Arrival and Antigua

Published: February 16th 2012EDIT THIS ENTRY

After arriving in Guatemala City (or Guate) as all the locals refer to it, I immediately cancelled my fake return ticket. For those who I haven’t told me return ticket strategy, here’s the background. Most Central American countries have very old laws stating that anybody entering the country must have proof of onward travel, though none of them have checked for this for many years. Most airlines don’t care either, but some airlines (Spirit) will not allow you on your flight without a return plane ticket on some airline. In order to get around this, I went onto the night before my flight, booked a return ticket, and cancelled it as soon as I got through Guatemalan customs. I found a coffee shop with internet in the airport while I waited for my friend’s flight to arrive and canceled the decoy ticket online.

Arriving in Antigua I couldn’t how incredible the city looks. Once you get off the highway, all the streets are cobblestone, the buildings are all hundreds of years old having been painted and repainted over the years. When arriving we asked to be dropped off in the Central Plaza where we knew that

Me in front of church next to hostel
there would be many hostels within walking distance. Having no idea which one to stay at and not wanting to rummage through the backpacks in the middle of the city we just started asking all foreigners that we came across what they thought of their hostel. Settling at a place called Hostel Dionisio we hopped in a dorm with 5 beds, the other three occupied by a German couple and a guy from Canada who started travelling at 65 and has been on the road for 3 years less about 9 months in Canada.

After getting our stuff settled in the room, we started out walking about the exploring the town and looking for some local food. We made our way through several churches that had been destroyed by seismic activity hundreds of years ago but had been rebuilt since. Antigua was once the capital of Guatemala before a large earthquake effectively leveled the city. After that they moved to capital about 30 miles east where the land is more stable. This has created a town in which the architecture has changed very little over the years while some of the churches have been rebuilt and others have been left in ruin. We found it more difficult than expected to find local food not catered toward the many foreigners that were there. We finally found a place suggested by a local where we ate for 53Q - about $7.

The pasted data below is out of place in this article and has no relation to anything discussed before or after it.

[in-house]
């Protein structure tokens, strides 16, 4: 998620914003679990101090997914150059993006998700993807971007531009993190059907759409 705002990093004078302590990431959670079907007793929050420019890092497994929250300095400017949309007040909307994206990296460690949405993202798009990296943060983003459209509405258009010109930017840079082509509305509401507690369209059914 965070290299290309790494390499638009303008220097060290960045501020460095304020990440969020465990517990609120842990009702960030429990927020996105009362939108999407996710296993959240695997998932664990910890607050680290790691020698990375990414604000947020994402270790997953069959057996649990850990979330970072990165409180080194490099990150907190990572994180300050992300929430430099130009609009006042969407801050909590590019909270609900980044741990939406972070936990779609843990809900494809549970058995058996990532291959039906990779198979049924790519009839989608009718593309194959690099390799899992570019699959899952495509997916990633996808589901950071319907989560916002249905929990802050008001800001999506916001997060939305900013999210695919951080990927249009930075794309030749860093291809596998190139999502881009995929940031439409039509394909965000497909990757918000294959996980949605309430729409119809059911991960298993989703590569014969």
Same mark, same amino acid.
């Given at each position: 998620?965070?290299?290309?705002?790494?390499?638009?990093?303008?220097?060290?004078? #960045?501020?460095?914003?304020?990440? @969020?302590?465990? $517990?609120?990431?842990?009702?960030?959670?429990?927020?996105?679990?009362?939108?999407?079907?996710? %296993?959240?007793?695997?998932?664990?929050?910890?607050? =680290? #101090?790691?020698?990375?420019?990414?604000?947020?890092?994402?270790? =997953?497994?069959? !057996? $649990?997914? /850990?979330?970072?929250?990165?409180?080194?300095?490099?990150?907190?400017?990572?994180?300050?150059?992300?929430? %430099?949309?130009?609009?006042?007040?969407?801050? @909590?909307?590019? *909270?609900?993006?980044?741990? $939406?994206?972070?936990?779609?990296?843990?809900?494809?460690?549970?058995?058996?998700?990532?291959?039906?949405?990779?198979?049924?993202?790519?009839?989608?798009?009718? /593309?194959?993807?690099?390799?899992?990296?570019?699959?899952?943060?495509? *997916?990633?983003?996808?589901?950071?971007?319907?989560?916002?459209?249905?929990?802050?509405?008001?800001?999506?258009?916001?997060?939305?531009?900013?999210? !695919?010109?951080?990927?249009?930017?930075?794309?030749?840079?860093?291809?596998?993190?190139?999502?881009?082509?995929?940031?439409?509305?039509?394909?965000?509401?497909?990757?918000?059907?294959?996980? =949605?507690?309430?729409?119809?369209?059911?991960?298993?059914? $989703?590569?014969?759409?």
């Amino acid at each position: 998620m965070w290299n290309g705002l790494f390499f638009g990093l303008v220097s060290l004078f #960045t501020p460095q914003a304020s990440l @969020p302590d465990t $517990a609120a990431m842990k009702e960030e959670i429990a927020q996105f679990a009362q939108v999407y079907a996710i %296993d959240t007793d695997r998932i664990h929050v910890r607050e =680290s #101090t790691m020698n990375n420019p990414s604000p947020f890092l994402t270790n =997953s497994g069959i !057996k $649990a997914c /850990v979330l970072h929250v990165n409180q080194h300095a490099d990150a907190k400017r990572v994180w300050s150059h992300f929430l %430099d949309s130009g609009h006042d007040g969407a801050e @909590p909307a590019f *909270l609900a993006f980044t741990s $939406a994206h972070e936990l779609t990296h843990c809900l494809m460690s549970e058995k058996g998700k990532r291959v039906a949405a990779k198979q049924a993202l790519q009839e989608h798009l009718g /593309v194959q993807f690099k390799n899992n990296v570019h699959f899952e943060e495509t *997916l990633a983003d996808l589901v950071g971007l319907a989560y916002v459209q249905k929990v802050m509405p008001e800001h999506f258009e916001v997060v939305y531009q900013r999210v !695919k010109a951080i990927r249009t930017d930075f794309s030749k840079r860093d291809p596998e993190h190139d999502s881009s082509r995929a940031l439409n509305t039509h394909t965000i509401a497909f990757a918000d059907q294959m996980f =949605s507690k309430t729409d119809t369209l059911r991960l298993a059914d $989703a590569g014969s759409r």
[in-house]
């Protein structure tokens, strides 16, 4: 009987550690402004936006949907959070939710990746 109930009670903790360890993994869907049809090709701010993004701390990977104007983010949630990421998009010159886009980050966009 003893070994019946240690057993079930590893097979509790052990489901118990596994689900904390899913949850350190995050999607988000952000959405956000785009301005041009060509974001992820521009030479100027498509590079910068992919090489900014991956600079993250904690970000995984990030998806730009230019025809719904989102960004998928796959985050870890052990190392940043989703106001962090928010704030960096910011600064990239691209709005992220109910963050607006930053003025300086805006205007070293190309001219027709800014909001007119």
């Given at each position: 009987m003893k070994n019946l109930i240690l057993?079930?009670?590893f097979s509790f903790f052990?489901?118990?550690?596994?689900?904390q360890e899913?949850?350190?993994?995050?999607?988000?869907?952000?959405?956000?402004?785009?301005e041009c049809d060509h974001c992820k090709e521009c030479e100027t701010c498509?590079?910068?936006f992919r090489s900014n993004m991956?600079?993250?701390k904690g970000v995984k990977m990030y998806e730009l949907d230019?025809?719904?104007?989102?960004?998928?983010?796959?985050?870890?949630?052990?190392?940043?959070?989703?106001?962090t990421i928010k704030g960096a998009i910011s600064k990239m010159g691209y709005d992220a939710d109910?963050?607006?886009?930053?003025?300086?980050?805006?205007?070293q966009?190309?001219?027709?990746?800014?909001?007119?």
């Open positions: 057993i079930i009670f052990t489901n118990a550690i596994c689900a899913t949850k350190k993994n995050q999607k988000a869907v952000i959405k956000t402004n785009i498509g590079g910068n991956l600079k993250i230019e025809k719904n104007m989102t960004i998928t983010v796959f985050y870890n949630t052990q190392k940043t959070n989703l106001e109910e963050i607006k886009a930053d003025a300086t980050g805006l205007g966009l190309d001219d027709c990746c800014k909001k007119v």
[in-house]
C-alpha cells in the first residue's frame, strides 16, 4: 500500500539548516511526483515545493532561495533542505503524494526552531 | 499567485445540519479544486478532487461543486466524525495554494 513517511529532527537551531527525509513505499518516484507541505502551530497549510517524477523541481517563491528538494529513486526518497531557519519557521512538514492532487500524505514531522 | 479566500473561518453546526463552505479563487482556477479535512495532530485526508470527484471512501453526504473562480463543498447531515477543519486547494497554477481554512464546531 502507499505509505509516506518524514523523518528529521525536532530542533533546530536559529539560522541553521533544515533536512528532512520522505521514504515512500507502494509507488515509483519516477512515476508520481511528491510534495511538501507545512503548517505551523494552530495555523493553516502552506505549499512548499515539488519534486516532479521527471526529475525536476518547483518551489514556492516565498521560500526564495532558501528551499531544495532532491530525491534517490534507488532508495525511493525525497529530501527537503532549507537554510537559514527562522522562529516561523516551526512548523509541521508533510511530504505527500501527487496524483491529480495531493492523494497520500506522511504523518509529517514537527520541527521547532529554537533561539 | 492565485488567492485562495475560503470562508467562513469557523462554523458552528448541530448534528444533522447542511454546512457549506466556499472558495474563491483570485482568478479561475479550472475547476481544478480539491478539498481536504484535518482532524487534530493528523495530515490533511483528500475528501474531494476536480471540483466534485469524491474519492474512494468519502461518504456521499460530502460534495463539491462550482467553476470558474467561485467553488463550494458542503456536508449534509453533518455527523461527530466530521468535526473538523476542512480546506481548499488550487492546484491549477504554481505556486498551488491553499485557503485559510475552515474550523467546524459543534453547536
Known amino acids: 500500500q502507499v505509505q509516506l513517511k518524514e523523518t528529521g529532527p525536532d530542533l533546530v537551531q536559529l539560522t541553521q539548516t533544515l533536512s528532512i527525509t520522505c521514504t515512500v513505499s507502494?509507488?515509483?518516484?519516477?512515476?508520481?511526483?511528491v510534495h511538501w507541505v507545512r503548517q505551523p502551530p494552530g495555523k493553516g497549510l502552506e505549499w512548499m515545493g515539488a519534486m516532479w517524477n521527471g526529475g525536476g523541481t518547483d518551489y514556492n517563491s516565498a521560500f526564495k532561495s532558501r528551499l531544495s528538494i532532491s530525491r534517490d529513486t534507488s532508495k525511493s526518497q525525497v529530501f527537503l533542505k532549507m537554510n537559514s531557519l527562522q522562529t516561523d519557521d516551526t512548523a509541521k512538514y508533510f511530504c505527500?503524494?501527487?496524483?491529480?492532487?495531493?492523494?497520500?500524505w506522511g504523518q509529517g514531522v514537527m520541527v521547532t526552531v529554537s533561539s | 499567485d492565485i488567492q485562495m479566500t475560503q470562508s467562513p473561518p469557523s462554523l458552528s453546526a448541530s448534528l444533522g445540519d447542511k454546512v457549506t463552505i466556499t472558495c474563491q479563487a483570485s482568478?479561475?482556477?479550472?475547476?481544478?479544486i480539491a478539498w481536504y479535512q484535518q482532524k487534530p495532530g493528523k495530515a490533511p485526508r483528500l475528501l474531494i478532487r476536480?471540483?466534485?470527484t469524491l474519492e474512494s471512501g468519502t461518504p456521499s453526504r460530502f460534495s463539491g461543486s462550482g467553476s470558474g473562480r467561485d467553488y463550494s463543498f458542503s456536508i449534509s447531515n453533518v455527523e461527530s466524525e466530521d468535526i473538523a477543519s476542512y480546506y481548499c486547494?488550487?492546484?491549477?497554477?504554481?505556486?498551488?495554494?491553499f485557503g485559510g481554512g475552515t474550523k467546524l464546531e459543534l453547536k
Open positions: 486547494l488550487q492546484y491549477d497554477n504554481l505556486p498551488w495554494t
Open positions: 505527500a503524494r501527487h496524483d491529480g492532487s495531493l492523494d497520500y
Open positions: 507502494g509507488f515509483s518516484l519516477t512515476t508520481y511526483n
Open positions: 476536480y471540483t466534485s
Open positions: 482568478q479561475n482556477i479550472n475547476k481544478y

Later at the hostel, one of the girls told us we could find cheap local meals in their market. As we spent about 35 minutes walking around there that day, we were sceptical. The next day we went around the market picking up a couple things for the trip. While walking through the vendor stalls, we saw a little Guatemalan woman carrying a Styrofoam plate of food that looked to be exactly the comida tipica we were looking for. We went in the direction from which she came and after a couple minutes found another woman with another plate letting us know we were on the right track. We came across an area where the stalls formed a ‘T’ intersection. We looked right and left to see a large amount of white smoke filling the stalls to the right. So we headed off in that direction and found about 20 stalls providing local meals and us the only two non locals. We settled on one of the stalls and had a filling meal with a soda for all of $2.

That night we went out to eat with a guy in our hostel from Italy. We found another place around the block from the hostel where we ate for $3. After that we all grabbed a beer and hung out on the town a bit before deciding that we’d seen enough of the city that we would be ready to head out to San Pedro on Lake Atitlan the next day.

Overall, Antigua was a very beautiful place though it seemed to cater too much to foreigners such that its culture could only be described anymore as ‘backpacker’. Everywhere you looked were backpackers and all the restaurants and shops around catered to them. I can see why so many people stay in the city for months at a time as the climate is wonderful, the meals are cheap, and for a Latin American city, the amenities are plenty.

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